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Radicchio

Mar 21, 2019

Merely looking at this leafy vegetable, you might assume it tastes like red cabbage because of their resemblance. However, its flavor is quite different.

Appearance and Flavor 
Imagine a red cabbage, but smaller. Its deep purple-red leaves have bright white veins throughout and on the bottom, and are smooth and crisp. Uncooked, their flavor is bitter with a slight taste of spice and cooked, their color changes, turning deep brown and the flavor becomes sweeter with reduced bitterness. Ideal heads are firm, crisp, and have full color. Avoid brown or wilted radicchios that have damaged bottoms.

Ways to Enjoy
If salad is the route you want to take this veggie, try this interesting dressing that'll play up the radicchio's bitterness. You can also use them in any recipe that calls for a radish. You can enjoy them raw, for example, they'd make a good wrap or bowl. They can be sautéed, grilled, and tossed into sauces.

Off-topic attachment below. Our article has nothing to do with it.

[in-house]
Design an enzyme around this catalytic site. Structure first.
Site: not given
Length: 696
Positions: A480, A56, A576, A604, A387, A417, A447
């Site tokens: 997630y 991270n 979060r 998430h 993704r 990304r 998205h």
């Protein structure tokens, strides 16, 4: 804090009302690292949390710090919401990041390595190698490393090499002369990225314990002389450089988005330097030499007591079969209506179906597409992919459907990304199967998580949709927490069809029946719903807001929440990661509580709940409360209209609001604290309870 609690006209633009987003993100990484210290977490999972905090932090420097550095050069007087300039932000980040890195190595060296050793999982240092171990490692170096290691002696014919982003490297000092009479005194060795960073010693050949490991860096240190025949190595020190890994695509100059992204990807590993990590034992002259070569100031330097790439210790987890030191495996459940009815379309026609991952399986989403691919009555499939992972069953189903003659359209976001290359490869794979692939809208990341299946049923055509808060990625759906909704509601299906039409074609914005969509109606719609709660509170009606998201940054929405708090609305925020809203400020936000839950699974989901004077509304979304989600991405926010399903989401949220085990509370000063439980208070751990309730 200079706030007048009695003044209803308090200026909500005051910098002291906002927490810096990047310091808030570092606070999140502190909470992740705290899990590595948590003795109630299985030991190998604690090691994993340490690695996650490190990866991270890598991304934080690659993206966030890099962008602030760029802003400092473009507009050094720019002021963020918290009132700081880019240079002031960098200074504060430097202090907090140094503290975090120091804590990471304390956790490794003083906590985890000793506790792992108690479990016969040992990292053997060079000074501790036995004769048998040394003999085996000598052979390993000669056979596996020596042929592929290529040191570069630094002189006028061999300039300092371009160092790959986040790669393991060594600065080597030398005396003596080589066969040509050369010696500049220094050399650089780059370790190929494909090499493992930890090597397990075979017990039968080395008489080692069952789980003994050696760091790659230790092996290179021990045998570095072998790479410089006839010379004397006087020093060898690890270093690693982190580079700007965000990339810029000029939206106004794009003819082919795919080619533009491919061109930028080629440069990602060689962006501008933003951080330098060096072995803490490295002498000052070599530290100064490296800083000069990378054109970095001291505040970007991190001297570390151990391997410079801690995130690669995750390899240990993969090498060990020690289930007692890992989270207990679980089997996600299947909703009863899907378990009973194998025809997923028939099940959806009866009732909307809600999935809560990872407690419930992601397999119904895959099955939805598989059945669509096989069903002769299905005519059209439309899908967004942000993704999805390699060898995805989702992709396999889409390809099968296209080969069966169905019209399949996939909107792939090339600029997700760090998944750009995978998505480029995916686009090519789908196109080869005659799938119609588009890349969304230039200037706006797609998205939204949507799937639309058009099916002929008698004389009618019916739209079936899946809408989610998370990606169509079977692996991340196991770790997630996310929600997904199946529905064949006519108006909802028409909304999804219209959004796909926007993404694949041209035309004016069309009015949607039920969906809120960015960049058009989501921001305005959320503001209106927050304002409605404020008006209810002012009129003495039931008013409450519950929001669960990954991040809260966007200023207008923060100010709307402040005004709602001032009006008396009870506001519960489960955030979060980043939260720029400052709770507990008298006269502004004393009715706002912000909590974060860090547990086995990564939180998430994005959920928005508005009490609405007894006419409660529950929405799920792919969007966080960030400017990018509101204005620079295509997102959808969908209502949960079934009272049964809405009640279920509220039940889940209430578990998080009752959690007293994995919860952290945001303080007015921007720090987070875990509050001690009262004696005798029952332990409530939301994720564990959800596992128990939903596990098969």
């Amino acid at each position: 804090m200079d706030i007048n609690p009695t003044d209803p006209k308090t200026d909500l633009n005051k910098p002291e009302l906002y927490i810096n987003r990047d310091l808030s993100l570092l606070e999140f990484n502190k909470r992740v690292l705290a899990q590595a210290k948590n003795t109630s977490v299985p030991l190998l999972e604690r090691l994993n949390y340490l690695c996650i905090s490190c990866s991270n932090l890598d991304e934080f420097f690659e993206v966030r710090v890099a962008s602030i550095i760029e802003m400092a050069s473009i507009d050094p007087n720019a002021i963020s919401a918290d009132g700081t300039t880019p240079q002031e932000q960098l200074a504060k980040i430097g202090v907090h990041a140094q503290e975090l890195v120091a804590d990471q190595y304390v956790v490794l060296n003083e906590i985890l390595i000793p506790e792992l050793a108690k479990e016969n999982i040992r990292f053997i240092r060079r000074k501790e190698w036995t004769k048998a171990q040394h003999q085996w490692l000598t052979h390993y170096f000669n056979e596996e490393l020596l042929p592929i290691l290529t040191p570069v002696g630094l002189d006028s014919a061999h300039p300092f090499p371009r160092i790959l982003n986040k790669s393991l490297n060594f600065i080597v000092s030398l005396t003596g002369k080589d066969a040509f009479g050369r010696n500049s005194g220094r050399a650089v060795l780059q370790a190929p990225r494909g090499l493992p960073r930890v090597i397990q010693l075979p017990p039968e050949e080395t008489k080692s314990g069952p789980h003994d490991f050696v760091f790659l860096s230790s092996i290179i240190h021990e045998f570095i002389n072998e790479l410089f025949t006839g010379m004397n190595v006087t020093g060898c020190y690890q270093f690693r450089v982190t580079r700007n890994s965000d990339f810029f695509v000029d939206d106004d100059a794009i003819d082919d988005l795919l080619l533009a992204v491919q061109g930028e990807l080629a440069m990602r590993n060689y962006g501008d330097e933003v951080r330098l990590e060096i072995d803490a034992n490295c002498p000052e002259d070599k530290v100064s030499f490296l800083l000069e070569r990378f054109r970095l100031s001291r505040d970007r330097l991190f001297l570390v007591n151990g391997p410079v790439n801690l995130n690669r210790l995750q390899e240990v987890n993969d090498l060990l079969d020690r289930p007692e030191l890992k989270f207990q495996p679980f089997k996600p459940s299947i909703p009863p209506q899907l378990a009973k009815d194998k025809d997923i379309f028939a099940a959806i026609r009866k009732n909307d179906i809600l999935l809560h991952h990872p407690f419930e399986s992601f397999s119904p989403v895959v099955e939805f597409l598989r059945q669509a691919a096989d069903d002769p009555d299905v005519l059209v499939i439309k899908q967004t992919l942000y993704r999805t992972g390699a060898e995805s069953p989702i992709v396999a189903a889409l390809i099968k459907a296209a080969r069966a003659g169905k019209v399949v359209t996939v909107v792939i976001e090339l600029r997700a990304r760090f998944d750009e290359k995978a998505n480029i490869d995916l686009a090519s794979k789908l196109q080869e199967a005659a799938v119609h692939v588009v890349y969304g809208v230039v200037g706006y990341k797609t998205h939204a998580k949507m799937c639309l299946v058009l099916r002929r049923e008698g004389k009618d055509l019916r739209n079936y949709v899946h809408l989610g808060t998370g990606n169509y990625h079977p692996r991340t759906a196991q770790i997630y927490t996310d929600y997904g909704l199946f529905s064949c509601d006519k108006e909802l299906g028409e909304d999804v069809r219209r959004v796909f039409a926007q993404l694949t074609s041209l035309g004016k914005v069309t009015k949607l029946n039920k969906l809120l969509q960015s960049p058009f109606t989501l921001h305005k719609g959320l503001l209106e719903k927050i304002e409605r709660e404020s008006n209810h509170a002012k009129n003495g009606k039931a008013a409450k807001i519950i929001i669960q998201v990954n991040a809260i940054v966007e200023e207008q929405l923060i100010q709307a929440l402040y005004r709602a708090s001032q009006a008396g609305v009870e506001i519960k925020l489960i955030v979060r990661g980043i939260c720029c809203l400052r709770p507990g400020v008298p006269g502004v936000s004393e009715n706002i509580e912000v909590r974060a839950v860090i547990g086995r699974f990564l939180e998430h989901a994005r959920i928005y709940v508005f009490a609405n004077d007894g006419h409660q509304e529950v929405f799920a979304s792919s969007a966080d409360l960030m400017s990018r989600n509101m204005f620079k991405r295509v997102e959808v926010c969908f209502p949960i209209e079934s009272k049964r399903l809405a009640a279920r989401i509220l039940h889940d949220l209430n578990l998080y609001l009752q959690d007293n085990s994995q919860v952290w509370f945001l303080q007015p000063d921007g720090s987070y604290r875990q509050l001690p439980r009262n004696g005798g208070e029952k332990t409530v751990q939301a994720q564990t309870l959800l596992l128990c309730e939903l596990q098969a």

Availability & Origin
Though they peak between mid-winter and early spring, radicchios grow year-round. Italy produces the most, followed by France. Mexico also produces them, and they grow in California and New Jersey as well.

Storage
Store your radicchios unwashed in the fridge's crisper drawer in a perforated bag. They'll last up to 10 days. If already cut, you'll want to place them in an air-tight container or bag for about three days' worth of use.

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